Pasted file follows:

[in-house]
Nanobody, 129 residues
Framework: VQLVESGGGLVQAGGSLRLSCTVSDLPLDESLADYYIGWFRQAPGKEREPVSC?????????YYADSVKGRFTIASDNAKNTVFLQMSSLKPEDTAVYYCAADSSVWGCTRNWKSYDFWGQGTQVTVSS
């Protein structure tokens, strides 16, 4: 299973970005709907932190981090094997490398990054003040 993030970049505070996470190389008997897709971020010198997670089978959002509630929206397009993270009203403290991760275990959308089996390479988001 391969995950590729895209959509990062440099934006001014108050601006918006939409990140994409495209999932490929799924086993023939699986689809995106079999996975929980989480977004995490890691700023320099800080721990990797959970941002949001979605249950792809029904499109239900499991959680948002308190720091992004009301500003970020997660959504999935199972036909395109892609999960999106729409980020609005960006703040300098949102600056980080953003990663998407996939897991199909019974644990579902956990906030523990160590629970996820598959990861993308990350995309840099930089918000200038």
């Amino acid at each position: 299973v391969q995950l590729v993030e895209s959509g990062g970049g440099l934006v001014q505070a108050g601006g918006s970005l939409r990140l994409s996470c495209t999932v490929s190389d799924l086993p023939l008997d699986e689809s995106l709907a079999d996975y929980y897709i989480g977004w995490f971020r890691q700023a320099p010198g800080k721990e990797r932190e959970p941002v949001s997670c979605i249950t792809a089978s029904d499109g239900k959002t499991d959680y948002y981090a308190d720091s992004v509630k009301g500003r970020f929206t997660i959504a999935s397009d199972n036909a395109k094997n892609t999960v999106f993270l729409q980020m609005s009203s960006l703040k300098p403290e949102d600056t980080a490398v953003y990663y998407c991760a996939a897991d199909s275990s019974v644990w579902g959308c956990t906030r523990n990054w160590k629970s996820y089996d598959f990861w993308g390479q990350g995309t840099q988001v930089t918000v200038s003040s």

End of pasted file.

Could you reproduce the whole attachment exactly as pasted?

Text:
[in-house]
Nanobody, 129 residues
Framework: VQLVESGGGLVQAGGSLRLSCTVSDLPLDESLADYYIGWFRQAPGKEREPVSC?????????YYADSVKGRFTIASDNAKNTVFLQMSSLKPEDTAVYYCAADSSVWGCTRNWKSYDFWGQGTQVTVSS
């Protein structure tokens, strides 16, 4: 299973970005709907932190981090094997490398990054003040 993030970049505070996470190389008997897709971020010198997670089978959002509630929206397009993270009203403290991760275990959308089996390479988001 391969995950590729895209959509990062440099934006001014108050601006918006939409990140994409495209999932490929799924086993023939699986689809995106079999996975929980989480977004995490890691700023320099800080721990990797959970941002949001979605249950792809029904499109239900499991959680948002308190720091992004009301500003970020997660959504999935199972036909395109892609999960999106729409980020609005960006703040300098949102600056980080953003990663998407996939897991199909019974644990579902956990906030523990160590629970996820598959990861993308990350995309840099930089918000200038």
């Amino acid at each position: 299973v391969q995950l590729v993030e895209s959509g990062g970049g440099l934006v001014q505070a108050g601006g918006s970005l939409r990140l994409s996470c495209t999932v490929s190389d799924l086993p023939l008997d699986e689809s995106l709907a079999d996975y929980y897709i989480g977004w995490f971020r890691q700023a320099p010198g800080k721990e990797r932190e959970p941002v949001s997670c979605i249950t792809a089978s029904d499109g239900k959002t499991d959680y948002y981090a308190d720091s992004v509630k009301g500003r970020f929206t997660i959504a999935s397009d199972n036909a395109k094997n892609t999960v999106f993270l729409q980020m609005s009203s960006l703040k300098p403290e949102d600056t980080a490398v953003y990663y998407c991760a996939a897991d199909s275990s019974v644990w579902g959308c956990t906030r523990n990054w160590k629970s996820y089996d598959f990861w993308g390479q990350g995309t840099q988001v930089t918000v200038s003040s």